Glucophage for a non-diabetic?

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New Member

Date Joined Feb 2006
Total Posts : 19
   Posted 9/27/2006 11:53 AM (GMT -7)   
Hi all,
Haven't posted in a long time -- I've just been reading!  Here's a question for those of you much more informed than I am.  One of my co-worker's young adult children was recently put on glucophage.  The mother said the child was not diabetic, but that they were just trying to get the blood sugar down.  This did not make sense to me.  I thought perhaps she was confusing being diabetic with requiring insulin.  Do people without diabetes ever take glucophage?  Thanks for your help!

Veteran Member

Date Joined Jan 2003
Total Posts : 3169
   Posted 9/27/2006 11:58 AM (GMT -7)   
When I was first put on glucophage, I refused to admit I had diabetes. I just said my sugar was up a little. I think I really believed that, since my numbers were not that high. Now I realize that if I'm on medicine for diabetes, I have diabetes. If it's controlled so that my levels are normal; I still have it; it's just controlled. At least that's my understanding of it.
Take care. Lois

T Bird
Regular Member

Date Joined Sep 2006
Total Posts : 27
   Posted 9/27/2006 4:52 PM (GMT -7)   

I am on Glucophage ( Metformin) I have prediabeties and Polycystic Ovarian Syndrome. If this child is a girl and menstrating she may have PCOS. One of the symptoms of PCOS is your body does not use insulin in the correct way. The cell of sugar usually has a hole for the insulin to go into. Prediabetics and PCOS don't let the insulin in, so the body produces more. If this continues it can lead to Type 2 diabeties. Glucophage can balance this out along with life style changes in eating and exercise.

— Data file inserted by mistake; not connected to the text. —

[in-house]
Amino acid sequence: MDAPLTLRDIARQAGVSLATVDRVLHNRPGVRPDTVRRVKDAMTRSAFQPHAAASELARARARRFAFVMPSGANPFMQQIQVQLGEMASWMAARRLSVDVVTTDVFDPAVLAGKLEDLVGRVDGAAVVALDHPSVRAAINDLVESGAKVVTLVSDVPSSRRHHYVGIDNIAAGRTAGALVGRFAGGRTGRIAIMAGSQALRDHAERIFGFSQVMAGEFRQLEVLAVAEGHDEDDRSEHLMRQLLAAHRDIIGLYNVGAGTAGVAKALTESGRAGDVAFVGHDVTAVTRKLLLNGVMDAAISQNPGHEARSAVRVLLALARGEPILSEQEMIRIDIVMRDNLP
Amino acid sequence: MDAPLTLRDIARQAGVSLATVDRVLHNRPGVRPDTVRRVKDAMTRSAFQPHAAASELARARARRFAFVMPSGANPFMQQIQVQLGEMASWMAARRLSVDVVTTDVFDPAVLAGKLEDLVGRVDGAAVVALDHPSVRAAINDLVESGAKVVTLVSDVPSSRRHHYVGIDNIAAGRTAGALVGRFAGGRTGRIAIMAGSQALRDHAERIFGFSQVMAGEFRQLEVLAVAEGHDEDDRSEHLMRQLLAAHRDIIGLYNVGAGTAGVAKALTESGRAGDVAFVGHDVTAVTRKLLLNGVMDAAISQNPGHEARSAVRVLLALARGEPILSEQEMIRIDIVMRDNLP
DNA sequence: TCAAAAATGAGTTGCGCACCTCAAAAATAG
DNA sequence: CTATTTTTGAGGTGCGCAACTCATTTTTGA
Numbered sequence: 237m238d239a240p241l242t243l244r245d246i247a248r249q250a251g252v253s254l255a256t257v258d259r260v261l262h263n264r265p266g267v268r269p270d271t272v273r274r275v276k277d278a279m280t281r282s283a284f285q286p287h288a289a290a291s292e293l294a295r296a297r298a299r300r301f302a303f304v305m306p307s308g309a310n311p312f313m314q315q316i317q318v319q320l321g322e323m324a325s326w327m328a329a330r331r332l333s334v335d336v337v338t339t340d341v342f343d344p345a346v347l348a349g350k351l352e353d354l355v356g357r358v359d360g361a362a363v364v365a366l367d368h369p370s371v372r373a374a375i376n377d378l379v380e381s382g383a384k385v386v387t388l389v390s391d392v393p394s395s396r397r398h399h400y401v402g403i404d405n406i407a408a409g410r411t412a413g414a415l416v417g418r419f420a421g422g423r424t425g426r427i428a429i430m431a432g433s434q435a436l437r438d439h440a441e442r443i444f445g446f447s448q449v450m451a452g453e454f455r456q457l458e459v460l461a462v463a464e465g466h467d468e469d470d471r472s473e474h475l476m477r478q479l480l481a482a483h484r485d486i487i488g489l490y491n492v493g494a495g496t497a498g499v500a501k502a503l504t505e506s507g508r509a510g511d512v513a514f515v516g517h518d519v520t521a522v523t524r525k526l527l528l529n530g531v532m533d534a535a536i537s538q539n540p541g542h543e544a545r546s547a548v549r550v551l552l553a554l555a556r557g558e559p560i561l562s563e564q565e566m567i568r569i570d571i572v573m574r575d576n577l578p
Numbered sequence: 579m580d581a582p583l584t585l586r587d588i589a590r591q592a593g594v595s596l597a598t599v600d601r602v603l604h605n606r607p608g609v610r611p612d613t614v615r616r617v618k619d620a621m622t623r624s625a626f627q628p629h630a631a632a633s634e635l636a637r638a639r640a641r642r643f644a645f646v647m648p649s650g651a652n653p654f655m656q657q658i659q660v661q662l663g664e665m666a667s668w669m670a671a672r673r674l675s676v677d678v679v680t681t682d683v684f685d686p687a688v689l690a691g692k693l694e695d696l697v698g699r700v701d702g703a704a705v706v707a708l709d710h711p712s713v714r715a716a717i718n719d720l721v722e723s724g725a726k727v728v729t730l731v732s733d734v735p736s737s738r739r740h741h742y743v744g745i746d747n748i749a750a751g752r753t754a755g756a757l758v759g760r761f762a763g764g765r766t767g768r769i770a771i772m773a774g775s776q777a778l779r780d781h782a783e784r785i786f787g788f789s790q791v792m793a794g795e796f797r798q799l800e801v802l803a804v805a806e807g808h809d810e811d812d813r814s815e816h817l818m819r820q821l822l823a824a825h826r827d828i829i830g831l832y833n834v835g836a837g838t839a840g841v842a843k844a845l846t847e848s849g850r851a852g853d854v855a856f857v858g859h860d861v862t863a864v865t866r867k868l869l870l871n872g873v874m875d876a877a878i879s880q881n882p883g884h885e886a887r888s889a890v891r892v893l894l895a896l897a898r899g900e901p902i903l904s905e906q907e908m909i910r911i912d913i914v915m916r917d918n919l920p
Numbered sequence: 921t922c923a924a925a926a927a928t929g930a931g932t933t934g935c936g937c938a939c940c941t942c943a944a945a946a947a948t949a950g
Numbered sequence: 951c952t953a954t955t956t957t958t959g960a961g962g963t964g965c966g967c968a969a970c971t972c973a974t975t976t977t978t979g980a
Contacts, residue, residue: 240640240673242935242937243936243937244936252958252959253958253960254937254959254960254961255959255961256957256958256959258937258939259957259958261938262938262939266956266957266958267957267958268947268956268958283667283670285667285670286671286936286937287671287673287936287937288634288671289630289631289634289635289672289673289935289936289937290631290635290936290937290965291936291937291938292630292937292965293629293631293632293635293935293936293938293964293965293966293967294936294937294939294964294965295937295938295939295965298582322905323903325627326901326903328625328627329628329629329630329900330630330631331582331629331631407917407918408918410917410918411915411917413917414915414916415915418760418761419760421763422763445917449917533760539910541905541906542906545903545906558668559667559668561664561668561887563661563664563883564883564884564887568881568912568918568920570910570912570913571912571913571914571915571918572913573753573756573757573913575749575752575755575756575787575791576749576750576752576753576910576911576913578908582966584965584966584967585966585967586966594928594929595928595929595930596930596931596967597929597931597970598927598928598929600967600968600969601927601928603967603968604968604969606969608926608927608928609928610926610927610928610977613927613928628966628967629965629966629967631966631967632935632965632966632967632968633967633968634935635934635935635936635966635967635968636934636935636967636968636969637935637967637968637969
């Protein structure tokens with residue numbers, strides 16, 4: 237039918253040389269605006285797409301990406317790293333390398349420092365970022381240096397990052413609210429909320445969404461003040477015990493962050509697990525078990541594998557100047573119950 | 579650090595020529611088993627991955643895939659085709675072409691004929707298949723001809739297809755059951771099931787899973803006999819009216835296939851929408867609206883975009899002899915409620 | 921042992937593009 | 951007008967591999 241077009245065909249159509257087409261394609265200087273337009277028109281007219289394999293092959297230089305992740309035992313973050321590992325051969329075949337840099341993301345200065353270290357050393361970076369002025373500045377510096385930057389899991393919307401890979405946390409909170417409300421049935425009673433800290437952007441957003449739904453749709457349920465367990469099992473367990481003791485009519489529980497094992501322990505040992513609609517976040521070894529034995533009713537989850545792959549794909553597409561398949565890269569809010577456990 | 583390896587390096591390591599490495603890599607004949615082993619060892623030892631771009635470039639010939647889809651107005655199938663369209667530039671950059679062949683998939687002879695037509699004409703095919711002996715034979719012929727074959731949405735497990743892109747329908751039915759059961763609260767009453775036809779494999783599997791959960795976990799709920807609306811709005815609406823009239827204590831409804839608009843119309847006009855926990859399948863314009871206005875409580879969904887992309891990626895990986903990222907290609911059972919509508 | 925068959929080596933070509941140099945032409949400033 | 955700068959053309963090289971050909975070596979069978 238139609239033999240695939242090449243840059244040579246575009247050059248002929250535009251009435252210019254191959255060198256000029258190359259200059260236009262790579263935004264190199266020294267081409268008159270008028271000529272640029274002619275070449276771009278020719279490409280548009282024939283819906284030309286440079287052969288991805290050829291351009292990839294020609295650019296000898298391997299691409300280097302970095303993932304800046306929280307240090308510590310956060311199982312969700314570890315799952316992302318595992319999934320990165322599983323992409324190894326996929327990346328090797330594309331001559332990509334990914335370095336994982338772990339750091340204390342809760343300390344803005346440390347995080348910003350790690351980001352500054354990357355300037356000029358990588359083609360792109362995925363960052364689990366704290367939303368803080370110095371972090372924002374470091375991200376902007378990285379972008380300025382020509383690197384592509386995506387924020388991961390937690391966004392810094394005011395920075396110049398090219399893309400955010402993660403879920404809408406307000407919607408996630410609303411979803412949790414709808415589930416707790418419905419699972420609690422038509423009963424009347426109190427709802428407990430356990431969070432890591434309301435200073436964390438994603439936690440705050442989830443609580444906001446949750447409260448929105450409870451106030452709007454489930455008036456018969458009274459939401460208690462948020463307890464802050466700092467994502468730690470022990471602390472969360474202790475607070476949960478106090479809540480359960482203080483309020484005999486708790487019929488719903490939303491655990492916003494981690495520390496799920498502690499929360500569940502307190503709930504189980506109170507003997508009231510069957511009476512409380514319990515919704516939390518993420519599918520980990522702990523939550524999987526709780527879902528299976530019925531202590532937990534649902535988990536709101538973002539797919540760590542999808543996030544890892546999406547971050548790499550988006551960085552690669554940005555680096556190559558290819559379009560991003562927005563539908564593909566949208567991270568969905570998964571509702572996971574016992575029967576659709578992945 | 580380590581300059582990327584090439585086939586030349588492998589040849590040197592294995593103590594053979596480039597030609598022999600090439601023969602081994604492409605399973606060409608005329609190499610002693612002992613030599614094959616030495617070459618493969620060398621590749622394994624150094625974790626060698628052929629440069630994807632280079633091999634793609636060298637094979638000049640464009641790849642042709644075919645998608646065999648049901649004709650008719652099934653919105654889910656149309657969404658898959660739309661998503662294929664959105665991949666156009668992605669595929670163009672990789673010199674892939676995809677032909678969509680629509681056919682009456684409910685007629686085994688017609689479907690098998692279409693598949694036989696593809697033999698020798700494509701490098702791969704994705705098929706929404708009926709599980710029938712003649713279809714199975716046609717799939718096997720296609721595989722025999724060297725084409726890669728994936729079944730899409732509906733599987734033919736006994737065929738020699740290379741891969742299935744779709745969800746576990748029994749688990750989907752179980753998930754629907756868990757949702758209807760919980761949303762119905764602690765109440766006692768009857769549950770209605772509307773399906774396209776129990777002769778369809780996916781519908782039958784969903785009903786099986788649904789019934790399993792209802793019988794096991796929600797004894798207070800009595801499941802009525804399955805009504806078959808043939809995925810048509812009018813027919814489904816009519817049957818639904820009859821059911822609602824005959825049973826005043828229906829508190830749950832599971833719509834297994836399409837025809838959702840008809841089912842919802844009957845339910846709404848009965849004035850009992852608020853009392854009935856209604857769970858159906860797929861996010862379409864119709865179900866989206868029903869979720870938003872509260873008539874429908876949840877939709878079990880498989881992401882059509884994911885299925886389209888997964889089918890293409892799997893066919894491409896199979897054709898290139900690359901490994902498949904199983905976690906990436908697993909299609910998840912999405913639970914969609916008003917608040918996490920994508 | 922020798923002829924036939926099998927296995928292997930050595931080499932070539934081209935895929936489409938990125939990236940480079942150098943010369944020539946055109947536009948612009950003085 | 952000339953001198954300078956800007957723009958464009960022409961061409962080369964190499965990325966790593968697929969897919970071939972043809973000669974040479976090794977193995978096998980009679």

Peter I think you were talking of me.


Hope this clears things up.

Post Edited By Moderator (Admin) : 10/10/2006 12:47:27 PM (GMT-6)

New Member

Date Joined Feb 2006
Total Posts : 19
   Posted 9/27/2006 7:52 PM (GMT -7)   
Thanks everyone!

Veteran Member

Date Joined Oct 2005
Total Posts : 534
   Posted 10/9/2006 12:49 PM (GMT -7)   


I wanted to mention for most of the people here that for PCOS people, Glucophage (metformin) is a "firstline" treatment drug.  It is given to PCOS patients not so much to treat their "prediabetes" as to alleviate their PCOS symptoms.  Heres how it works.

One of the major biochemical features of polycystic ovary syndrome is insulin resistance accompanied by compensatory hyperinsulinemia (elevated fasting blood insulin levels). Please note this is NOT elevated blood glucose levels (diabetes or prediabetes) but as Flute mentioned, a condition that if untreated could lead to the disease. There is increasing data that hyperinsulinemia produces the hyperandrogenism of polycystic ovary syndrome by increasing ovarian androgen production, particularly testosterone and by decreasing the serum sex hormone binding globulin concentration. What this means is that as your insulin level becomes elavated, you start releasing hormones (mostly male hormones) associated with PCOS. As the nasty hormones reach high levels they can lead to anovulation, amenorrhea, recurrent pregnancy loss, and infertility.

As we know Metformin is a bit of a miracle drug as it decreases the amount of sugar produced by the liver, it also increases the amount of sugar absorbed by muscle cells and decreases the body's resistance to insulin and VOILA. . .

Lower blood sugar leads to a lesser need for insulin. The body then makes less insulin. Lower insulin leads to lower androgen ("male" hormone) production and thus we have a simple effective treatment for PCOS.

I hope this helps understand why Glucophage (Metformin) is routinely prescribed to PCOS patients.

scool   Warren

Post Edited By Moderator (Admin) : 10/10/2006 12:47:00 PM (GMT-6)

T Bird
Regular Member

Date Joined Sep 2006
Total Posts : 27
   Posted 10/9/2006 5:20 PM (GMT -7)   
Thanks Warren for that info T Bird

Veteran Member

Date Joined Apr 2004
Total Posts : 6056
   Posted 10/9/2006 6:05 PM (GMT -7)   
Wow! I learn something every day on this forum.
~ Jeannie

"People are like stained glass windows: They sparkle and shine when the sun's out, but when the darkness sets in, their true beauty is revealed only if there is light within."

- Elizabeth Kubler-Ross

New Member

Date Joined Oct 2006
Total Posts : 1
   Posted 10/16/2006 3:24 PM (GMT -7)   
I PCOS and don't have diabetes but have found that glucophage also makes my menstrual cycle shorter and cramps less painful. I've also read that for PCOS it really isn't effective until 1500mg per day (500 3x per day) but I can't find that link, sorry
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